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An Individualized Counseling Theory: Combining Existential Theory with Rational Emotive Behavioral Therapy to Create a Personalized Counseling Theory

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An Individualized Counseling Theory: Combining Existential Theory with

Rational Emotive Behavioral Therapy to Create a Personalized Counseling Theory

Abstract

The purpose of counseling is to meet the client's needs and to help them reach their personal goals while allowing them to gain personal insight into their lives on their own. Every client has different needs, different beliefs, different values and different goals. Why should the method of counseling be the same for every client when their needs are so different? This article attempts to explain an individualistic counseling theory that combines Existential theory and Rational Emotive Behavior Therapy (REBT) to allow counselors to form the theory/method around the client's individual needs. "Existential therapy has been defined as a dynamic approach to therapy which focuses on concerns that are rooted in the individual's existence" (Jones & Butman, 1991, p. 278). While Existential theory addresses the most common core issues of life, Rational Emotive Behavioral Therapy addresses the irrational thinking that is linked with the struggle from these common core issues. The most common struggles come from trying to understand existence. Greif, loss, depression, addictions, anxiety, stress and the list could go on of behaviors and dysfunctional thinking that can result from trying to understand death, creation, purpose, meaning, and etc. This individualized theory is consistent with a Christian worldview because this theory addresses deep issues that Christians are daily concerned with and allow Christians to discover their place in God's kingdom all the while abiding by scripture to help guide them.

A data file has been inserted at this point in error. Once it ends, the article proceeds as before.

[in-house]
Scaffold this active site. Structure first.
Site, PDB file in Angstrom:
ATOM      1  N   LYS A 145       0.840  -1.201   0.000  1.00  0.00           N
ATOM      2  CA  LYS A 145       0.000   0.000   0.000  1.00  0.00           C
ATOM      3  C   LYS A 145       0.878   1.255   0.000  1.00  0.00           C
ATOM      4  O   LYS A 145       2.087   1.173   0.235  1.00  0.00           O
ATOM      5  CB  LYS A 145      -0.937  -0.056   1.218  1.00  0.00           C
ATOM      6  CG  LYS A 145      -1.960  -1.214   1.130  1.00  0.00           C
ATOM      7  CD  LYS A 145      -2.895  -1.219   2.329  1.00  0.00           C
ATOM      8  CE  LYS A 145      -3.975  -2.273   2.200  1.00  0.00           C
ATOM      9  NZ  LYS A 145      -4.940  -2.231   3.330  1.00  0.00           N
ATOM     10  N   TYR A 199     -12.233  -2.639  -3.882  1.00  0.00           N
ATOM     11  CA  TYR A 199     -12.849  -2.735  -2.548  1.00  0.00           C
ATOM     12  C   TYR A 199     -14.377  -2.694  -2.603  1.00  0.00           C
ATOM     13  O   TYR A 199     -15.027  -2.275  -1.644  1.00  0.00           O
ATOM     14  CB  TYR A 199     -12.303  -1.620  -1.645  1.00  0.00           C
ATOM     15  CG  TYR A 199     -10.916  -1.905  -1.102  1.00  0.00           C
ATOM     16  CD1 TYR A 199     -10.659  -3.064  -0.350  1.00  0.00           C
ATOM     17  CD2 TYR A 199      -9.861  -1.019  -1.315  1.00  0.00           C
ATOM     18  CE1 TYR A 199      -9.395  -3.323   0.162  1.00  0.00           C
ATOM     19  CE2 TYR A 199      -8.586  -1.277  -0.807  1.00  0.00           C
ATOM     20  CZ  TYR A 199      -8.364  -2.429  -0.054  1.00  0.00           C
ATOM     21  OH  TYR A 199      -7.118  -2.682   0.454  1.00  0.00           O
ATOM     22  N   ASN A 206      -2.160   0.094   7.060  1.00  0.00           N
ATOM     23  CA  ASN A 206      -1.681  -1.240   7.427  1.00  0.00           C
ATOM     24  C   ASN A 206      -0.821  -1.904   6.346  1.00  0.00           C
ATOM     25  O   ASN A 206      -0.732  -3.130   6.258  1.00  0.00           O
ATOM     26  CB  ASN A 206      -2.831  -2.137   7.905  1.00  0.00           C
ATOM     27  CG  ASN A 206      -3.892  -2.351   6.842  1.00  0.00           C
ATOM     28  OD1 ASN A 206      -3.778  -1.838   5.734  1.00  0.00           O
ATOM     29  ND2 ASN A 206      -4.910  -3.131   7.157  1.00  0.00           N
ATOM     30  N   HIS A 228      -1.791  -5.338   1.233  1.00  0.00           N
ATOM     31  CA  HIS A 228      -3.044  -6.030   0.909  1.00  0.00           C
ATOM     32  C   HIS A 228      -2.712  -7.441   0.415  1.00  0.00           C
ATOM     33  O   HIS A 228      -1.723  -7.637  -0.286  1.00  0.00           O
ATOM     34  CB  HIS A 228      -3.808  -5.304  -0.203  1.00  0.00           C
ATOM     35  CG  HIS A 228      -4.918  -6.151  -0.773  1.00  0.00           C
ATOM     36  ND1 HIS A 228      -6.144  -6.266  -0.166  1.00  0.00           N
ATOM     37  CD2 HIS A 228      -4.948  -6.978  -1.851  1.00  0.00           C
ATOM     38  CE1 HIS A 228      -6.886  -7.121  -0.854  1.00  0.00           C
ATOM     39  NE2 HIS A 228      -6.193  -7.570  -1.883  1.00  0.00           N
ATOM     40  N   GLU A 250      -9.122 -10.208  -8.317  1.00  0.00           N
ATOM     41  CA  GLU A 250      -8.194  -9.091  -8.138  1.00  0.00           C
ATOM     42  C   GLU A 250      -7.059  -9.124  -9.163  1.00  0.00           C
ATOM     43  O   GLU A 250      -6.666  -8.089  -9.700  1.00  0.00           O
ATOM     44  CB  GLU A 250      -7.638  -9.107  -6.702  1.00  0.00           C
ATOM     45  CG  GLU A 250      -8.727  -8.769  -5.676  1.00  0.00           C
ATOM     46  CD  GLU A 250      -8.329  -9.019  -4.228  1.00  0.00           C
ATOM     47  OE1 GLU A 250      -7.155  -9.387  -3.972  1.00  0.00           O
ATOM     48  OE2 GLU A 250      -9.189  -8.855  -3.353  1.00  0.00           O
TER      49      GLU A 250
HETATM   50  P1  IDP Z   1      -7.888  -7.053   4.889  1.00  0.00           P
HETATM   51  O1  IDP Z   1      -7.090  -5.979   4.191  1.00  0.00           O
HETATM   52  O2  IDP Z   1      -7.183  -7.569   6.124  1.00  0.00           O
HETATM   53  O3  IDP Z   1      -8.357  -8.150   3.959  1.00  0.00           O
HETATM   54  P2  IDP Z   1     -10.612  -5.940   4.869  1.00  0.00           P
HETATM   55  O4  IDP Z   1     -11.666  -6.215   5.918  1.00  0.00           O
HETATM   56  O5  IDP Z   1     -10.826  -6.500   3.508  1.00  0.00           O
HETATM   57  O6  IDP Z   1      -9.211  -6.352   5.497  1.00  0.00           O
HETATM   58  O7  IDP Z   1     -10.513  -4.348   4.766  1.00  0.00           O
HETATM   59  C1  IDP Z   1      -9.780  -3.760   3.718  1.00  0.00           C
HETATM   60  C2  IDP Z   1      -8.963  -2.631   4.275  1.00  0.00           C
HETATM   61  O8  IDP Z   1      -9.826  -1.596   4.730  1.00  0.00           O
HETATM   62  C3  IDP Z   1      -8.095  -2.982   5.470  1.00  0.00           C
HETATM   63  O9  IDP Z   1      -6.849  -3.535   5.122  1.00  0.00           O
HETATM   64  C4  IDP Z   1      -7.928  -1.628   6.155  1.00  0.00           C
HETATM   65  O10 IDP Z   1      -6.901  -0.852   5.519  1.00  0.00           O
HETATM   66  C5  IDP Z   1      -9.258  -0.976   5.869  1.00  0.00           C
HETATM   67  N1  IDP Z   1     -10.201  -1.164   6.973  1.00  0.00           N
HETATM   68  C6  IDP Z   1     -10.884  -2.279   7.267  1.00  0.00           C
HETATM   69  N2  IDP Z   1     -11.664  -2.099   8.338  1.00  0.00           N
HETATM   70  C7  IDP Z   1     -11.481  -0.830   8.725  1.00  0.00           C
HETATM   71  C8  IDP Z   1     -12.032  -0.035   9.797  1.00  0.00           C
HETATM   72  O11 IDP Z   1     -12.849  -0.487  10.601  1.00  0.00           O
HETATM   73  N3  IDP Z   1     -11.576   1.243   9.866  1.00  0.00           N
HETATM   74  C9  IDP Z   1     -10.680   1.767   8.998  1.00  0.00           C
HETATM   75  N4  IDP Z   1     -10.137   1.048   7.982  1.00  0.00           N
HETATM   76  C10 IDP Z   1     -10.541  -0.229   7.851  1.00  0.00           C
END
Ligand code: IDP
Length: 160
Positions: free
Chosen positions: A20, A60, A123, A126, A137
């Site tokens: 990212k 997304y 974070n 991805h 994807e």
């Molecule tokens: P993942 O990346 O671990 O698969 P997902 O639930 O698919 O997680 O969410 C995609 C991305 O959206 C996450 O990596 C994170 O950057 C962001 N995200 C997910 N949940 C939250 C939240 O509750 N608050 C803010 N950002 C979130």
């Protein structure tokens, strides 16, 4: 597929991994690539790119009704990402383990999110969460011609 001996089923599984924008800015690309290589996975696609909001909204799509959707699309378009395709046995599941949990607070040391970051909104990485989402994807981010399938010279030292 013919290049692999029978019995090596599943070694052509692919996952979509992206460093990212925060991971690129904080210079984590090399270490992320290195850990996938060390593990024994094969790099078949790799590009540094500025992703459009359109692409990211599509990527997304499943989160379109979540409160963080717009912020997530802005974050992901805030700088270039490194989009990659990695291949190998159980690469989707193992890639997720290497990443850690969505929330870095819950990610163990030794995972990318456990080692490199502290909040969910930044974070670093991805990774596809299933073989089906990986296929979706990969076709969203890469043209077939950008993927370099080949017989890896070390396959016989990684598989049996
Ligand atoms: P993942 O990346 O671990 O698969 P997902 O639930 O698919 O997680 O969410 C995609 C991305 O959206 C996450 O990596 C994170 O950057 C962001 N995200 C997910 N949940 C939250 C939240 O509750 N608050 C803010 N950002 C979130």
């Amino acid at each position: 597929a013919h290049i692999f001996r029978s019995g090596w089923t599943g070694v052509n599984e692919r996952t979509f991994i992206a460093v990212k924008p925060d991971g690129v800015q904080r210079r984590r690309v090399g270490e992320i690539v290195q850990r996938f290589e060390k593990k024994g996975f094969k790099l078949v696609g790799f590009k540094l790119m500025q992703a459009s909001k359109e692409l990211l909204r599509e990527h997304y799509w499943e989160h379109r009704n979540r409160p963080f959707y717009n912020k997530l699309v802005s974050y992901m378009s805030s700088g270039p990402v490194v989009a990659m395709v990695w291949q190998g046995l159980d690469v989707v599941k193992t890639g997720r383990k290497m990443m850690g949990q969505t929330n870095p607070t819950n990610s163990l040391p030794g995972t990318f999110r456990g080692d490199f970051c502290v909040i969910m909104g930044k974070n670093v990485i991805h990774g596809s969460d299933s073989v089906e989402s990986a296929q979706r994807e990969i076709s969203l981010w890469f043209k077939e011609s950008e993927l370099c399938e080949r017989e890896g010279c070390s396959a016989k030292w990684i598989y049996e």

An Individualized Counseling Theory: Combining Existential Theory with

Rational Emotive Behavioral Therapy to Create a Personalized Counseling Theory

By using the framework and foundation of Existential theory and the methods of Rational Emotive Behavioral Therapy (REBT) it will create an individualized counseling technique that can be integrated with any client. The Existential theory (ET) lays a foundation that is universal for all clients while the REBT addresses the cognitive thought processes and behaviors that are related to clients that struggle with understanding this innate foundation.